Earlier Wednesday evening, Yost and his Royals completed a sweep of Baltimore in the American League Championship Series to advance to the World Series for the third time in franchise history. The hearty round of applause at the restaurant was representative of the way Yost's image has improved this postseason, and particularly in the ALCS.
Yost, often questioned for the rigidity of his bullpen usage and affinity for the bunt, made tactical adjustments in Kansas City's latest series.
Yost pulled the plug on Jeremy Guthrie after just five innings in a 2-1, Game 3 win, opting to turn the ball over to his fantastic bullpen. Jason Frasor handled the sixth, while Kelvin Herrera, Wade Davis and Greg Holland capped off the final three innings.
In the same game, Yost made an equally aggressive move on the offensive side. After Nori Aoki led off the bottom of the sixth with a single, Yost replaced him with pinch-runner Jarrod Dyson, a switch he regularly waits to make until the final inning or two. Dyson went from first to third on an Eric Hosmer single, then scored the winning run on a sacrifice fly.
The next afternoon, Yost let Jason Vargas pitch into the sixth inning, nursing a 2-1 lead. And even after a leadoff walk to Jonathan Schoop, Yost wisely stuck with the lefty-lefty platoon, letting Vargas face Nick Markakis, who struck out.
Yost did not test his luck any further, as Herrera, usually reserved for the seventh inning, finished the sixth and then came out for a scoreless seventh, as well. Davis and Holland did their jobs again and Kansas City locked up the pennant.
"Ned's a very thick-skinned person," said general manager Dayton Moore on Wednesday. "I've said it many times, he's an incredible leader. He's very passionate. He's the most competitive person I know. He's very positive, always optimistic."
Yost faced harsh criticism, even as he led Kansas City to its first postseason since 1985. In a headline in the Wall Street Journal, the newspaper pitted the managerial battle between Yost and the Orioles' Buck Showalter as "The Dunce and the Chessmaster". The Orange County Register called the Royals "in some ways the laughingstock of the sport, mostly because of their manager."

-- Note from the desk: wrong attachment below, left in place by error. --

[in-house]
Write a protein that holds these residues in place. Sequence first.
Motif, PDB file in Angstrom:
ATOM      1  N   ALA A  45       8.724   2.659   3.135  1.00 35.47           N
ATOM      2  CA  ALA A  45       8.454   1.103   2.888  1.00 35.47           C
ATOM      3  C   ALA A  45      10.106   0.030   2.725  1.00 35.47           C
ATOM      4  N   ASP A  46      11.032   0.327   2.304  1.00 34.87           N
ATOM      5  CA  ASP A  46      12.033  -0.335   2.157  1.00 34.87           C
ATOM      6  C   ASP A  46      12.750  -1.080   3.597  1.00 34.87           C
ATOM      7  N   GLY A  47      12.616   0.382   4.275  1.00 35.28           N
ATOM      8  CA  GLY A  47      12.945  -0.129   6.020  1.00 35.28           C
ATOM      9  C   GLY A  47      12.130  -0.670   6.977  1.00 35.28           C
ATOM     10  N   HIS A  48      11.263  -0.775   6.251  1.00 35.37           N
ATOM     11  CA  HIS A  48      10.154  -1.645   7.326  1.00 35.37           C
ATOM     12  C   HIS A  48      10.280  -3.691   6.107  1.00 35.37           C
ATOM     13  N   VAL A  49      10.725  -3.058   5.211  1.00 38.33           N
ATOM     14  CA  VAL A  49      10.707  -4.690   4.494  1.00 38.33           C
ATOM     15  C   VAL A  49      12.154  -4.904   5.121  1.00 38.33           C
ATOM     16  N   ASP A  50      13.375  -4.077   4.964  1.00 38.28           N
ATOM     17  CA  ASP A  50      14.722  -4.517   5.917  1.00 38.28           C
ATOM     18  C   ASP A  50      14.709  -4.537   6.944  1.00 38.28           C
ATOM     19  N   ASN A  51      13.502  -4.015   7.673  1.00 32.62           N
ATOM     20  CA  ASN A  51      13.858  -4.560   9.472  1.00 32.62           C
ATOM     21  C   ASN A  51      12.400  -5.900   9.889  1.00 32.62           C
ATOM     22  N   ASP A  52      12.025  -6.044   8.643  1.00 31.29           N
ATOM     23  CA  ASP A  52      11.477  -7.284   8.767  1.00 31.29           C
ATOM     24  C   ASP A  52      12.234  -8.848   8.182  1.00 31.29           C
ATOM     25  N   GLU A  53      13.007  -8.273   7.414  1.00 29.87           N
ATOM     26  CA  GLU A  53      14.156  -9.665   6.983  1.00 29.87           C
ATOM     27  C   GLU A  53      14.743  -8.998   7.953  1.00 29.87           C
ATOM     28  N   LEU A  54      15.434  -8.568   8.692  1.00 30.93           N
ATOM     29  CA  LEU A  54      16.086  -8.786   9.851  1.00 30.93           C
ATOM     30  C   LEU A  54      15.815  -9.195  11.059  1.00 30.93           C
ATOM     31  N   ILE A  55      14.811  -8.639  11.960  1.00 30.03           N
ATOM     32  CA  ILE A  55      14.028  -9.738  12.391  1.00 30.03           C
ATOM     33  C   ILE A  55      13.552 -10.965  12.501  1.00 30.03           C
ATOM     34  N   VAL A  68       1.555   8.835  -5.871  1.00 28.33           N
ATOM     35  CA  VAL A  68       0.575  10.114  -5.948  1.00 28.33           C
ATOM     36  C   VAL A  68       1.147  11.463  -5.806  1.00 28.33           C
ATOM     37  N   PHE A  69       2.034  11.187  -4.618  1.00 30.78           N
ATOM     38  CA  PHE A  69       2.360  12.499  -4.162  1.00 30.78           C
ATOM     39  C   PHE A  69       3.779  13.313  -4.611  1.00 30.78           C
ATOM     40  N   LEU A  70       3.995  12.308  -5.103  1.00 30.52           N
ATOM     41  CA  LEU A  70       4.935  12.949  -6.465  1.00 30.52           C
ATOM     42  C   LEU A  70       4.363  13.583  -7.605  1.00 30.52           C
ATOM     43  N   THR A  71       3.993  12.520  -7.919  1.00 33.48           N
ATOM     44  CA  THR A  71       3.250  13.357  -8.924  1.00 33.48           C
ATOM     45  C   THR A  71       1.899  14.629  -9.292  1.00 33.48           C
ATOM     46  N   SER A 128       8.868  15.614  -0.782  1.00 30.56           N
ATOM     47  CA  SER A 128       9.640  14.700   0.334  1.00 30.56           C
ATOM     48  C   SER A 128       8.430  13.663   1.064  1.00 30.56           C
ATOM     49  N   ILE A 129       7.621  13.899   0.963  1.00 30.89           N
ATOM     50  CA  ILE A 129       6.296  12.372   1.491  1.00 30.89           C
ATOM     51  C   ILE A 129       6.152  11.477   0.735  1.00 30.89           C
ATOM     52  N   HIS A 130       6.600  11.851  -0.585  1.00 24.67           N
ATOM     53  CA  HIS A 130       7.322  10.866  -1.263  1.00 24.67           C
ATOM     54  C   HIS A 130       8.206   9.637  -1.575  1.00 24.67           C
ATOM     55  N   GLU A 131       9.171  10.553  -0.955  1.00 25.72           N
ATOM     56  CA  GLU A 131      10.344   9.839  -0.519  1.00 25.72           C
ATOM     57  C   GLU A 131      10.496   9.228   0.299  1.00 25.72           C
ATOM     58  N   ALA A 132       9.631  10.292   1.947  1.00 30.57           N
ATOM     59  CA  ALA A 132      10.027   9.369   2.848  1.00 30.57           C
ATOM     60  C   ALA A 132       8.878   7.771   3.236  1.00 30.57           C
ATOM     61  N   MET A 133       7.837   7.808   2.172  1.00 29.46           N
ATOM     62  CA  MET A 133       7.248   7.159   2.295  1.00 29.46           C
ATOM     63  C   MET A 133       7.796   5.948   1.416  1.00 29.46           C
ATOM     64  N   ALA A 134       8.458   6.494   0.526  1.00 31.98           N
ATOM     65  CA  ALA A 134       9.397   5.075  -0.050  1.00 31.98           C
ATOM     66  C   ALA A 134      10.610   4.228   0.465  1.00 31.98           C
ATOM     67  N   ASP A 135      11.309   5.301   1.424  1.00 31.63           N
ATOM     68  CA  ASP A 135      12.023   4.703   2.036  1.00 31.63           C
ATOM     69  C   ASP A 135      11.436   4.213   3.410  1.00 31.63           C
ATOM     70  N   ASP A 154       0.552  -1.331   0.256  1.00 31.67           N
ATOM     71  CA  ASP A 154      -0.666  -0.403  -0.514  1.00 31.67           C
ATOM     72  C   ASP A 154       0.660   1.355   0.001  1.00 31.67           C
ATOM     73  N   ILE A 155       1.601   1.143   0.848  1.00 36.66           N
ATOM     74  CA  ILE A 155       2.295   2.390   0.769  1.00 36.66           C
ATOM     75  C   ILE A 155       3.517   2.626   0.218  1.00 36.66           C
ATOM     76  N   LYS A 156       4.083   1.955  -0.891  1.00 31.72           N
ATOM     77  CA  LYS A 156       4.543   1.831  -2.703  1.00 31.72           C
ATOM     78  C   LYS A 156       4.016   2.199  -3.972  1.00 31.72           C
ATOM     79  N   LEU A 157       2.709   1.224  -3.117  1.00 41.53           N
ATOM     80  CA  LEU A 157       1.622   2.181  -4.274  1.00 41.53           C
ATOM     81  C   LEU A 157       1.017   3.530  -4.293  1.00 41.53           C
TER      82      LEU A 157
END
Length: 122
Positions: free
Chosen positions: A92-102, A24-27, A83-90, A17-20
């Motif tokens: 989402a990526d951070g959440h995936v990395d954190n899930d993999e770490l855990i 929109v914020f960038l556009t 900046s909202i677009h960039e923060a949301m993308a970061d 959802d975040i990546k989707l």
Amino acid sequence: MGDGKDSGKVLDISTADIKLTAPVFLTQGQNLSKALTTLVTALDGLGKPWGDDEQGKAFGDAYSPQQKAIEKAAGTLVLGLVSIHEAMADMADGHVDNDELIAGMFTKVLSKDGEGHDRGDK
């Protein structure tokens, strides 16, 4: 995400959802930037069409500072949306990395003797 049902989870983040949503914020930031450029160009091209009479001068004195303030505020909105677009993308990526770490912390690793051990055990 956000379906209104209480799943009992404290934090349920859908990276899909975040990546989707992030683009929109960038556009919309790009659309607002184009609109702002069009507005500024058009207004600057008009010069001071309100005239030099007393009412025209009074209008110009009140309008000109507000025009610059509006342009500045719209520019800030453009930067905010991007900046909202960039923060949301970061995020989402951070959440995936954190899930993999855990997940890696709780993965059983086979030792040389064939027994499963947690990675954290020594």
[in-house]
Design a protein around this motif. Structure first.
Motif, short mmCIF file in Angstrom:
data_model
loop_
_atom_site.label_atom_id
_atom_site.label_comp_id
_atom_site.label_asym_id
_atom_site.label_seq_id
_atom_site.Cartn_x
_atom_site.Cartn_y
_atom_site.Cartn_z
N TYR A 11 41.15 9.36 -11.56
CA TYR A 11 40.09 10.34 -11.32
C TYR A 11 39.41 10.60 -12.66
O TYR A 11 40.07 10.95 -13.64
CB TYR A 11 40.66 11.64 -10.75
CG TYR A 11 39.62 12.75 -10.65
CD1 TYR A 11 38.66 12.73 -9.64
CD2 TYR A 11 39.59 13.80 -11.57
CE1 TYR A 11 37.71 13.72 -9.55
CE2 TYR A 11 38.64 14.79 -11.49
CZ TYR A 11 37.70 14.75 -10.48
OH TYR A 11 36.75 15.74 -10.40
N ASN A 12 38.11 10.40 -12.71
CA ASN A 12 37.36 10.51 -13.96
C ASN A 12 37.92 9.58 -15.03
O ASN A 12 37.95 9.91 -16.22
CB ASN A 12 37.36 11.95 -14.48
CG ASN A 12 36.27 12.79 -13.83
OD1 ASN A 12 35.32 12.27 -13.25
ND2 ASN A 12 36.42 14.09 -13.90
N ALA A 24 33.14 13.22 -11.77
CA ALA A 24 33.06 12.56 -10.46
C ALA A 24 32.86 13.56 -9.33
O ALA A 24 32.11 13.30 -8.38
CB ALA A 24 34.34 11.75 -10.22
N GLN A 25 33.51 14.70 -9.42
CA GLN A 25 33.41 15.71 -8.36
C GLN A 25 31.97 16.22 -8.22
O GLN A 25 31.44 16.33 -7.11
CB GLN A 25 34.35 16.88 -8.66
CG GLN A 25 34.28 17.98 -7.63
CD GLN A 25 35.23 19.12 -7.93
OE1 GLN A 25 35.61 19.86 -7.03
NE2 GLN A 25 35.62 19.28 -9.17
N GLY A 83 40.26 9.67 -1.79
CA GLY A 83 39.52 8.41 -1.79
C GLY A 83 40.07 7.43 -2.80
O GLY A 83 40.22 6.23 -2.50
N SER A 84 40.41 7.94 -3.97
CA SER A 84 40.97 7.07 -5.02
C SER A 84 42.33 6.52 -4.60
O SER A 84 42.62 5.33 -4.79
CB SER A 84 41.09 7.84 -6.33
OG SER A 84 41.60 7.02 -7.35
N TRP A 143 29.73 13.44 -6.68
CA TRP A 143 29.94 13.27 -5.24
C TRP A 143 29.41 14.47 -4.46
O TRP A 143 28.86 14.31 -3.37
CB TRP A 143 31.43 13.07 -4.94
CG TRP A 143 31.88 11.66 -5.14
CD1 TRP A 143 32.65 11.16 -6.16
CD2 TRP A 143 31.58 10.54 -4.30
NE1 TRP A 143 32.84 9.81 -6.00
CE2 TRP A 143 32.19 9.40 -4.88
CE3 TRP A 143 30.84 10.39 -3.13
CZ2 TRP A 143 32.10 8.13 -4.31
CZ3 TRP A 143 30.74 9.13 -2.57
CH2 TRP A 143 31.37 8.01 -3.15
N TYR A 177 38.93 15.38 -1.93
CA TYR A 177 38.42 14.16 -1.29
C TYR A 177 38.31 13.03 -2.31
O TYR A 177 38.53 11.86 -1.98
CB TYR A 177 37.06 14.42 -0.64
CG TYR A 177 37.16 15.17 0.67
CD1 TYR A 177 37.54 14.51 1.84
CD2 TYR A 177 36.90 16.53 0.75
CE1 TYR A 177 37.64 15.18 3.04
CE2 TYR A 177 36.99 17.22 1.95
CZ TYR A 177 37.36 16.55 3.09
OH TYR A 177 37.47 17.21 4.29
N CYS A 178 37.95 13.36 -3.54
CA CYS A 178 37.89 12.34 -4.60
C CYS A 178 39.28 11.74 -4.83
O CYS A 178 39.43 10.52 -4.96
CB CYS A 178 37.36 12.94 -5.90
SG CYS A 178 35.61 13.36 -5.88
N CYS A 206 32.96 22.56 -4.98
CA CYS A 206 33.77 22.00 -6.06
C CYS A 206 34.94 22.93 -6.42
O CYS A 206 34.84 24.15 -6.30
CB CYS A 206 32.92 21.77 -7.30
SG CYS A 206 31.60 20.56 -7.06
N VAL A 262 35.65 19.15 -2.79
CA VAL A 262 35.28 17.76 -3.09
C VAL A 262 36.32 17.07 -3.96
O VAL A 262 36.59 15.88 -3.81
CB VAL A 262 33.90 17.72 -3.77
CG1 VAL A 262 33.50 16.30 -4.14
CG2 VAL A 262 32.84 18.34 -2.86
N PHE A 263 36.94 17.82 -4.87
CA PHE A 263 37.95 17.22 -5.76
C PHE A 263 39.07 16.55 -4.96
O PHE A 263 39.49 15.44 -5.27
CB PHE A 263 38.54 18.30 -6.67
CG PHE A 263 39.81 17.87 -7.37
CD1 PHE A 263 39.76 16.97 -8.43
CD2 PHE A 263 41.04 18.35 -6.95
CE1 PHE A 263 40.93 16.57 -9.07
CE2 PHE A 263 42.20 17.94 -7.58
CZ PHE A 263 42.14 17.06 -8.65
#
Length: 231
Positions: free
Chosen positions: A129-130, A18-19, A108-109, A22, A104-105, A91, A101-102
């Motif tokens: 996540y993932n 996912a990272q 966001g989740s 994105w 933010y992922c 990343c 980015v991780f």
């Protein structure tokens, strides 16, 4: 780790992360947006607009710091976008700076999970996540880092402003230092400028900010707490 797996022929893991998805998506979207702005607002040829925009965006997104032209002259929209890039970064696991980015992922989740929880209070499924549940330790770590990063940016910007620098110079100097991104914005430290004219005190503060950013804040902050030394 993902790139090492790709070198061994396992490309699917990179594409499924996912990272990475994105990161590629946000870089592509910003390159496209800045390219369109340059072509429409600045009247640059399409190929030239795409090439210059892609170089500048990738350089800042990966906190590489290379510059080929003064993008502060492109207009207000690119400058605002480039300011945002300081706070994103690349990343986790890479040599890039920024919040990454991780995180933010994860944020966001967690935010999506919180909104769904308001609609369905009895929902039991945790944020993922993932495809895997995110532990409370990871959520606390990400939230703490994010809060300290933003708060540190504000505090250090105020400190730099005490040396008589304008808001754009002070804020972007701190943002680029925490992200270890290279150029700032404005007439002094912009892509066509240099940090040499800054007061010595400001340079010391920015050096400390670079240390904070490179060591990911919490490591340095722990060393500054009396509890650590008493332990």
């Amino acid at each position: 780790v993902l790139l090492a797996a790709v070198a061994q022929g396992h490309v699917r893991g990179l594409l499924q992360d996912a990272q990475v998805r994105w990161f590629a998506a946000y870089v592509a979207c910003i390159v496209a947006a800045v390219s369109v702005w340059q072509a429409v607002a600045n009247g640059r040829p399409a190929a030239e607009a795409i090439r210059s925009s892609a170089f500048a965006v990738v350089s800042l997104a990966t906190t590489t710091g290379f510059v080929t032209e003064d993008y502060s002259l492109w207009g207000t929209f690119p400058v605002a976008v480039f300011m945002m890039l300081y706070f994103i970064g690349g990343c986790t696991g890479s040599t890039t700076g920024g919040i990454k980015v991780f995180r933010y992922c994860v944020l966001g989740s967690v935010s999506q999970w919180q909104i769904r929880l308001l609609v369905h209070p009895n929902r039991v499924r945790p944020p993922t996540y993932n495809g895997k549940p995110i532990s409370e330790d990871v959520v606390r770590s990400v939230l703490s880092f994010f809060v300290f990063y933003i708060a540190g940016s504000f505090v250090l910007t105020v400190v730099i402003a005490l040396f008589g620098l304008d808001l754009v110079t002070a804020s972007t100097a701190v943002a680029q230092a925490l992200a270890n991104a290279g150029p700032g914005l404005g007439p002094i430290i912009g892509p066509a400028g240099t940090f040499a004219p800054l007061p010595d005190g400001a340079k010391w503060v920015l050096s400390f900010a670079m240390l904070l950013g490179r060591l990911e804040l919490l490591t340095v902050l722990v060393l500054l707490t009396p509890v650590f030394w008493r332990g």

As he celebrated on the field Wednesday, Yost made it clear that he is not seeking anyone's approval.
"I don't need validation, man," Yost said. "You people ask me about it, I don't need it. I'm real comfortable with myself. I get criticized all the time. [I get called] the dumbest manager in baseball, I'm OK with that, because I've got really smart coaches."
Regardless of how one views Yost's tactical decisions, the most important character in this whole plot stands in his corner.
Over the course of Moore's nine seasons as Kansas City's general manager, he's engineered a long list of successful moves to get Kansas City to where it is today. For example, building up his scouting in Latin America to allow the signings of current foreign stars like Yordano Ventura, Salvador Perez and Herrera. Or hitting on a key trade with the Brewers in 2010 that made Lorenzo Cain and Alcides Escobar Royals. Or some savvy free-agent acquisitions like starting pitchers Vargas and Guthrie, who followed up solid 2014 regular seasons to help close out the ALCS.
But when asked Thursday to identify his most significant move as GM, Moore looked back to May 13, 2010.
"Hiring Ned," Moore said. "Without a doubt."